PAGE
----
And now I'm watching all the dots with all of y'all! Dusty's ride that just ended at the Utah border was so impressive - a huge congrats to him!
16  Forums / Ultra Racing / Re: 2018 AZTR300/750 Race Discussion Thread on: April 04, 2018, 02:29:35 PM
For anyone driving from Picketpost south yet today, do not go through Florence. A big country music festival had traffic backed up for miles north of Florence.
17  Forums / Ultra Racing / Re: 2018 AZTR300/750 Race Discussion Thread on: April 02, 2018, 08:56:34 AM
One other note on water - High Jinks Ranch ( is just a few hundred feet off the AZT below Oracle Ridge after you end up on the Cody Trails ( They have a water spigot at their front gate for AZT users - that would be a great place to tank up if not heading into Oracle so as to not need to take more than a bit of water from the Tiger Mine water cache.
18  Forums / Ultra Racing / Re: 2018 AZTR300/750 Race Discussion Thread on: March 26, 2018, 08:20:05 AM
Another update from GCNP on the water situation in the Canyon. Apparently the transcanyon pipeline broke in multiple places, yet again:

Drinking Water in the Cross-Canyon Corridor
date updated Mar 16, 2018

On Friday, March 16, 2018 Grand Canyon National Park will begin phasing to Level 3 water restrictions and conservation measures due to a series of breaks in the Transcanyon Waterline. Until park staff repairs the break and water in storage tanks reaches sustainable levels, the park will remain in conservation mode.

Drinking water is available at the following inner canyon locations: Phantom Ranch, Bright Angel Campground, and Indian Garden. The South Rim water bottle filling stations- including those at the South Kaibab and Bright Angel trailheads- are turned off.
19  Forums / Ultra Racing / Re: 2018 AZTR300/750 Race Discussion Thread on: March 25, 2018, 10:06:04 AM
I talked to a few Flagstaff folks yesterday, and they're currently riding up to 8,500'. Word is that Aspen Corner should be fine in 2.5 weeks if no more snow falls and it stays warmish. The descent off the  north side could still have a bit of snow, but it sounds like things are melting out steadily.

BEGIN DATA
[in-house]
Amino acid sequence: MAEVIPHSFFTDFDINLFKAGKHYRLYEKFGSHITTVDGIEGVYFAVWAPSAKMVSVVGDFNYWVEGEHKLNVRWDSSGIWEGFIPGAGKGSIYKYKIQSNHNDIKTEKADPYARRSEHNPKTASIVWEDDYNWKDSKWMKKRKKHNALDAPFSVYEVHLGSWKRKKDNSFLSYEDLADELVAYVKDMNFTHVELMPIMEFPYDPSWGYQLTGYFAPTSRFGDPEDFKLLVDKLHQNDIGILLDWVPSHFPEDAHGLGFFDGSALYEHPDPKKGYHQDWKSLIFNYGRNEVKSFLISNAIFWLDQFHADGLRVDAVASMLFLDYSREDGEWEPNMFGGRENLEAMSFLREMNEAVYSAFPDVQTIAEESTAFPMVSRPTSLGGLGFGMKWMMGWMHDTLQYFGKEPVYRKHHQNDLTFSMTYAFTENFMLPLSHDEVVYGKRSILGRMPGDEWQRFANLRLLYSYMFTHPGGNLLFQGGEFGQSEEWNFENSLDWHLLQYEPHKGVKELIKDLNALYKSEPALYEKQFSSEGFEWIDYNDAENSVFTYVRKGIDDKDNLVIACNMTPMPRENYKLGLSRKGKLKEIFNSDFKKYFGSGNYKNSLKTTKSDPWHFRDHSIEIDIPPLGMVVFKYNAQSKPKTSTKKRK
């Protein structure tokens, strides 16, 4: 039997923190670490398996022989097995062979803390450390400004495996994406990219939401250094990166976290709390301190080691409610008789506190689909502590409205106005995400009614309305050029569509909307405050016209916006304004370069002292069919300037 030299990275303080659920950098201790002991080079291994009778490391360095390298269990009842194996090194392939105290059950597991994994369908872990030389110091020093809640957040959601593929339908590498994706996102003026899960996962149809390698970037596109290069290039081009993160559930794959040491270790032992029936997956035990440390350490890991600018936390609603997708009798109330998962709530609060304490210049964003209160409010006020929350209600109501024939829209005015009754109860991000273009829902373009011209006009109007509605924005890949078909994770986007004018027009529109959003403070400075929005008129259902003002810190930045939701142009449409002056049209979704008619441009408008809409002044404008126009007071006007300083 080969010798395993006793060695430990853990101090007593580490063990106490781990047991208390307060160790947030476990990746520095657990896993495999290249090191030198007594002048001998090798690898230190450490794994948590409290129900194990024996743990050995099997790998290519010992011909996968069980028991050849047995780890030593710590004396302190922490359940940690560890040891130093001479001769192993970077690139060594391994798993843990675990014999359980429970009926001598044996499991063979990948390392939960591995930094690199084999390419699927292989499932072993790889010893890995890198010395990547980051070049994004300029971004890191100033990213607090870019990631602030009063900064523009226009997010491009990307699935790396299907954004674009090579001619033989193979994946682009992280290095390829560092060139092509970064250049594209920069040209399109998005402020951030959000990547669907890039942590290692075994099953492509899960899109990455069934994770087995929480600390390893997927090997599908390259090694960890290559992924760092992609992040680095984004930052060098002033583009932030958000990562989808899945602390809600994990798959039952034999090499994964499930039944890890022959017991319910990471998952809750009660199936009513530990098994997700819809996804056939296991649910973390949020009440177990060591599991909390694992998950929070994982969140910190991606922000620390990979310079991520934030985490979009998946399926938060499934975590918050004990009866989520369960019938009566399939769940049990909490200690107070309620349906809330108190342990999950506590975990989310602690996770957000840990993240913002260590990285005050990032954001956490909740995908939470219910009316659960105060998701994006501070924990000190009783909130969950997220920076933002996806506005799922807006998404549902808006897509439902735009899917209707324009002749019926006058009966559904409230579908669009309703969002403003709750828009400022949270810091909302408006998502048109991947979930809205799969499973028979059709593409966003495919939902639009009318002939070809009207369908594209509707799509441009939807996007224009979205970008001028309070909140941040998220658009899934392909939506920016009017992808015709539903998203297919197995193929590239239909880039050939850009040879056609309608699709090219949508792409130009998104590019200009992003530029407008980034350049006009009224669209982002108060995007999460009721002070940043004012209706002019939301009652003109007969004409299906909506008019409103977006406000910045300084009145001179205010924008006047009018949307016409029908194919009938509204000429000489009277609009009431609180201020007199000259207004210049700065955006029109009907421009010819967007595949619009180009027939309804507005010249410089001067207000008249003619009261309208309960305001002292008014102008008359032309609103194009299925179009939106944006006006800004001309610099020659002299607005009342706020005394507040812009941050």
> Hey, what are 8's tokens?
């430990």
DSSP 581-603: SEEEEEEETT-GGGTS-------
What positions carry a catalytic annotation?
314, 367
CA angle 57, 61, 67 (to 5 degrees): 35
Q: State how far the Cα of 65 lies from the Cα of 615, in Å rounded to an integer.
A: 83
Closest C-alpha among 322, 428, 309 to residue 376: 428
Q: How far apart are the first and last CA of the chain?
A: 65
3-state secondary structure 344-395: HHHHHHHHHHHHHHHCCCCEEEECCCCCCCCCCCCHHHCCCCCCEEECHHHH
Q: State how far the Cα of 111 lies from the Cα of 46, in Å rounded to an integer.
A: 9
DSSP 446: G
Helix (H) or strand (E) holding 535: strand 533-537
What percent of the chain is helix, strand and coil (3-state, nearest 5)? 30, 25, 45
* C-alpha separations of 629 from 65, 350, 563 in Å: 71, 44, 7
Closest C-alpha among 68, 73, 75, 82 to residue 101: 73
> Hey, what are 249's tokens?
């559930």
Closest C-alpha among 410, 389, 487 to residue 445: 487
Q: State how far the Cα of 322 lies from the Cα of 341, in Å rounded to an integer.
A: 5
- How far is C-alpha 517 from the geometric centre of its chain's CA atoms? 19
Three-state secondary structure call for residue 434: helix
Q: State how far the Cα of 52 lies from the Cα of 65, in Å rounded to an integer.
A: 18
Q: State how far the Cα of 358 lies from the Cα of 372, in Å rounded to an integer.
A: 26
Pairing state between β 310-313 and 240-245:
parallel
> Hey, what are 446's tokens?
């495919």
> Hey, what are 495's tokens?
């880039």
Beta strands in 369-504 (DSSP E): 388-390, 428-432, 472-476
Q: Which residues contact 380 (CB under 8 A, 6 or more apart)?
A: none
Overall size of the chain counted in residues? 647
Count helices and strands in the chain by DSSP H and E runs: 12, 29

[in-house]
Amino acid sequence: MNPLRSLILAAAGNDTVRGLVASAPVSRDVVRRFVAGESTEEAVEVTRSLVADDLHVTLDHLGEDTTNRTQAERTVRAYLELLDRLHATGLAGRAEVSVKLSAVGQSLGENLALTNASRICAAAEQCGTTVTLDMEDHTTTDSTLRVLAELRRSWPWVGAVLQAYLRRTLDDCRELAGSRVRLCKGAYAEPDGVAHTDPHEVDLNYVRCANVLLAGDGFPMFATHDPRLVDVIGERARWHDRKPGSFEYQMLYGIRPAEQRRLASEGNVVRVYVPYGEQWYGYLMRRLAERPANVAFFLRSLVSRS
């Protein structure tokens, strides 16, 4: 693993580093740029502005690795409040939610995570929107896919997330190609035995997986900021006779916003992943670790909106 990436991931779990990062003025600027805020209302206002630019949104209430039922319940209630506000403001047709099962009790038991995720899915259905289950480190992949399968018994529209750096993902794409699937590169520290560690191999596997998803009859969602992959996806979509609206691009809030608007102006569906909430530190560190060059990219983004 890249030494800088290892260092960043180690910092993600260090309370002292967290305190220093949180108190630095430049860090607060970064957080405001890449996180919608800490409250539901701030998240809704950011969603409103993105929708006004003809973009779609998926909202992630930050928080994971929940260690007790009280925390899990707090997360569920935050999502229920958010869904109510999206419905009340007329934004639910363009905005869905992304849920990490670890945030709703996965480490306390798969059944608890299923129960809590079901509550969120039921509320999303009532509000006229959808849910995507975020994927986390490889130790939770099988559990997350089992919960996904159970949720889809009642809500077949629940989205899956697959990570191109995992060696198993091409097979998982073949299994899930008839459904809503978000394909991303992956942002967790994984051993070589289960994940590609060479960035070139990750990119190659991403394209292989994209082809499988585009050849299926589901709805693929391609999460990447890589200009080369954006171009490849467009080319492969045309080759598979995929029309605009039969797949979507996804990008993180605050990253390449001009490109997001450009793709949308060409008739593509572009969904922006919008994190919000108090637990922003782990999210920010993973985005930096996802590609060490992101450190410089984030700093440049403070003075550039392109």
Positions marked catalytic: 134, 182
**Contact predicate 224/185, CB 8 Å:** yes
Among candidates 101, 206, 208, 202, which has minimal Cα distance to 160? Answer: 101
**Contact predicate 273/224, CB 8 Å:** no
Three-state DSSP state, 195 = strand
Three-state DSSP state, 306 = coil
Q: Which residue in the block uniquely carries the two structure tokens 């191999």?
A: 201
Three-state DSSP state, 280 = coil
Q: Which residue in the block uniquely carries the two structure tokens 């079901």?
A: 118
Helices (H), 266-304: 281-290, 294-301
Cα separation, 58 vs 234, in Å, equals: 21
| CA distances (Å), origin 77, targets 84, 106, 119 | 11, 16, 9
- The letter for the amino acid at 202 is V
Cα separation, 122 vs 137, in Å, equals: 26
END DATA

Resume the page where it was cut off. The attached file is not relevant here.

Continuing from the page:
20  Forums / Ultra Racing / Re: 2018 AZTR300/750 Race Discussion Thread on: March 21, 2018, 08:28:24 AM
In this area there have also been confirmed cases of rabid foxes (two).  Riders need to be aware of this especially if camping.  The warning is for all of the western Superstision Mtns. 

More of 'em!? When riding Montana Mountain a year ago (just off the 750 route north of Picketpost), Kaitlyn Boyle got attacked by a rabid fox that came charging out of the bushes at her! She was off her bike to hike across a wash, and she put her bike between her and the fox. Twice the fox lunged and latched onto her front tire. She swung the front end of the bike with the fox clamped on all around and up and down into the ground until the fox finally ran off, yelping as it went. Fortunately, both Kaitlyn and her tire escaped unscathed (that was a dang good test of Terrene's "Tough" casings).

The kit foxes that come out at night are so much cuter than rabid gray foxes. Hopefully we all just see the cute ones :-)